Supreme Court Decides Cacho’s Rights Not Violated Enough

A screen shot from the film The fight for press freedom in Mexico was dealt a serious blow this week after the country’s Supreme Court found that the rights of journalist Lydia Cacho were not violated enough by the state governor of Puebla, Mario Marin, for action to be taken against him.

The Court rejected a report by its own Commission on Tuesday that found that Marin and 29 of his officials had conspired to violate Cacho’s rights. Its ten judges voted 6-4 yesterday that although there was evidence of criminal acts, and some rights violations did take place, they did not meet the ‘standards necessary’ for the court to recommend action to be taken.

The decision has infuriated the journalistic community and human rights groupsin Mexico, who after Tuesday’s recommendations from the Commission were optimistic that Marin would be taken to task for his role in the mistreatment and harassment of Cacho.

On hearing the outcome of the case, Cacho said: “The court’s decision is a defeat for Mexican journalists who inform the public and investigate cases linked to human-trafficking. Continue reading

Washington Post article on Oaxaca gets a beating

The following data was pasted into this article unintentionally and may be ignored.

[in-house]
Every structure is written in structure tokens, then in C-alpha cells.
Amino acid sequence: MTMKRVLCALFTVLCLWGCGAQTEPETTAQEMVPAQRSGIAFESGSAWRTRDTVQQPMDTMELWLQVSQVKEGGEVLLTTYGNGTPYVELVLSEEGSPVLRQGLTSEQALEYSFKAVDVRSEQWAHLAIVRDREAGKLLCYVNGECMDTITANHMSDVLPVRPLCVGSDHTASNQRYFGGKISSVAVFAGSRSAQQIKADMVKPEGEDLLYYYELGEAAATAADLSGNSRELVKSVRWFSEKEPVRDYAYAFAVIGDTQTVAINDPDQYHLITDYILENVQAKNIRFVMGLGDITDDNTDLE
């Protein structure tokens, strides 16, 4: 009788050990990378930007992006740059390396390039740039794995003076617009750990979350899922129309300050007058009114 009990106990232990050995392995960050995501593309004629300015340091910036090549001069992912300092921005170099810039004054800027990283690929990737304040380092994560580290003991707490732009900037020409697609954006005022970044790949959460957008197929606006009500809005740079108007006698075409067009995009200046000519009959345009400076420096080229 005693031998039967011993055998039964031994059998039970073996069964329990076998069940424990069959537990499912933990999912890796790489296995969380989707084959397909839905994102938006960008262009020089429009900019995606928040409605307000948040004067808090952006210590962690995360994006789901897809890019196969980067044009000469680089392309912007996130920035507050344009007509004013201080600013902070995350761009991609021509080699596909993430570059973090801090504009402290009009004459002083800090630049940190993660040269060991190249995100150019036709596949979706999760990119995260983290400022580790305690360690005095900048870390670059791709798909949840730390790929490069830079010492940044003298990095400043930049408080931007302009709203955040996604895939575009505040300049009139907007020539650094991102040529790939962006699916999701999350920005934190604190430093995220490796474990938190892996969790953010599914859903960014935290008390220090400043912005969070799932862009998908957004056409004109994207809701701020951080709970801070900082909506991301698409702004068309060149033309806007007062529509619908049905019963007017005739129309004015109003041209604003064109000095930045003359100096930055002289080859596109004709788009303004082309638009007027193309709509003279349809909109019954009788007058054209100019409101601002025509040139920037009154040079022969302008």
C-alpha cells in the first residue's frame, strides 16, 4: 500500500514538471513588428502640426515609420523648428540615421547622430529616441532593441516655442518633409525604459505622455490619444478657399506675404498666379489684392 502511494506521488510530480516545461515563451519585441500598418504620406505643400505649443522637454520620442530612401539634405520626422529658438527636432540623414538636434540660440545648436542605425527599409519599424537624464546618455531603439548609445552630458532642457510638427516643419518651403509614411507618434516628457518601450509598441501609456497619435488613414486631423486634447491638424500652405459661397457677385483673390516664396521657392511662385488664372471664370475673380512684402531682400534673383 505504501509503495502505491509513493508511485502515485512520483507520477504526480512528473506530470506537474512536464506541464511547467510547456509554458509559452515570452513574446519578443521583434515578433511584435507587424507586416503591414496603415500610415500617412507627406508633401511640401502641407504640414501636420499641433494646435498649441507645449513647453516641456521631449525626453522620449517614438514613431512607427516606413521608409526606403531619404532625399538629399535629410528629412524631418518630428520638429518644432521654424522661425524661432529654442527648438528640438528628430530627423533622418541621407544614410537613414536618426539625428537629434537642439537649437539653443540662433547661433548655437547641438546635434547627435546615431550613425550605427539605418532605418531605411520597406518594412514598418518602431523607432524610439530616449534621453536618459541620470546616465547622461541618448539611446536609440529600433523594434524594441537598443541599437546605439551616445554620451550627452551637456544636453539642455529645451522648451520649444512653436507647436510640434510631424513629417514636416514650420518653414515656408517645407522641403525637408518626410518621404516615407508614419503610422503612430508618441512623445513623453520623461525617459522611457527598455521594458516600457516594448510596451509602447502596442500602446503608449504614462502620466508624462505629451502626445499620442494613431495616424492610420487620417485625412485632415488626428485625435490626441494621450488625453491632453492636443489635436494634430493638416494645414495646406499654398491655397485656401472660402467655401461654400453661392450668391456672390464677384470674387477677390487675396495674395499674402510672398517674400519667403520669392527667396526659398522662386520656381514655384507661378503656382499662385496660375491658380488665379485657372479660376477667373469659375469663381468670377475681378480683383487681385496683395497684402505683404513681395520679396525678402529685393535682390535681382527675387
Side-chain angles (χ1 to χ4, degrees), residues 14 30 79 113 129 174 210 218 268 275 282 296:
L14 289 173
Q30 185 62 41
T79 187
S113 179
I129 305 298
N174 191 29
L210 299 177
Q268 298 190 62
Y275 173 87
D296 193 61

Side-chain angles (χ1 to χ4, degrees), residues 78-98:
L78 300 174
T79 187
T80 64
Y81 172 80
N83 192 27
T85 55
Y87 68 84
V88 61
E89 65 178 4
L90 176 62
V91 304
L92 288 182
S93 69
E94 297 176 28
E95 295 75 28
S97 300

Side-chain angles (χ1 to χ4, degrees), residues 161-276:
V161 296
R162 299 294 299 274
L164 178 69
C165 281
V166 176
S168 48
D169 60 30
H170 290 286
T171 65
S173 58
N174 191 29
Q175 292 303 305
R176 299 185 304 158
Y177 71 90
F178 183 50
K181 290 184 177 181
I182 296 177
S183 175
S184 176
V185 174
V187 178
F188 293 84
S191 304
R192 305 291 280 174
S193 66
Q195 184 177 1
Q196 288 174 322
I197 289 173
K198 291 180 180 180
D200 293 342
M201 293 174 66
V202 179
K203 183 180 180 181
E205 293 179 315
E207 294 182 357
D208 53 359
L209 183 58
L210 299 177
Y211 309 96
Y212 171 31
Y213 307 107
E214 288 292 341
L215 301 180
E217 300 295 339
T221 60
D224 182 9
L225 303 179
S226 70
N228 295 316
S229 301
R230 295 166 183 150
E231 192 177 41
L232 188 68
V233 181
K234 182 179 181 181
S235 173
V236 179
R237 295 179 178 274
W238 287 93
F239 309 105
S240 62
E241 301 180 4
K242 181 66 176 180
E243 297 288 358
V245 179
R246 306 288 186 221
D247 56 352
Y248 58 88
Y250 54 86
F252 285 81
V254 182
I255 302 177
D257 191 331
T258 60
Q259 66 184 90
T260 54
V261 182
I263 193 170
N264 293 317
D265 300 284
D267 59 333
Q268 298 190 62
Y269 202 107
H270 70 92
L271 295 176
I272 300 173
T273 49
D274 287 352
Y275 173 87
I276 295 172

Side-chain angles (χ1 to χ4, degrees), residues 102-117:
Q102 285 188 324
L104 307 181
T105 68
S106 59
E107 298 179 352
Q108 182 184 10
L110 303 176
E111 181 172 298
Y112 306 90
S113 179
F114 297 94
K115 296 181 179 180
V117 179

An article published in this weekend’s Washington Post, called “Oaxaca: One Year Later”, has prompted heavy criticism from people living in the southern Mexican state which this time last year was the scene of huge civil unrest and what one critic describes as ‘some of the worst human rights abuses in recent Mexican history; detaining, torturing, and raping men, women, and children who had taken to the streets demanding social and economic justice.’ (Please see comments below for a response from the author).

The writer takes the reader to a number of local restaurants and businesses in Oaxaca, whilst attempting to trace the events of last year, which culminated in the deaths of reportedly as many as 23 people.

But a local film-maker and others living in the city today have attacked the article for its lack of insight into the problems that ravaged Oaxaca tweleve months ago, in which IndyMedia journalist Brad Will was killed, as well as a local teacher and an unconfirmed number of other people. Continue reading

Fisk launches attack on ‘third rate journalism’

robertfiskJournalists have got to stop ‘kow towing’ down to those in power if they are to do their job, according to veteran British war correspondent Robert Fisk.

Speaking at a meeting of the Frontline Club in New York this week – watch the film here – Fisk launched a scathing attack on what he called third rate journalism, saying: “As long as journalists kow tow to power and sucks at the hind tit of power, wants to be close to power because it wants access, American official sources say, official sources say…as long as it does that your newspapers won’t be read and it doesn’t deserve to be read.”

Fisk, who is the Middle East correspondent for British newspaper the Independent and writes prolifically on politics in the region, picked up a copy of the LATimes and rallied against an article in the newspaper which used ‘several US official sources’ said as its only source repeatedly. Continue reading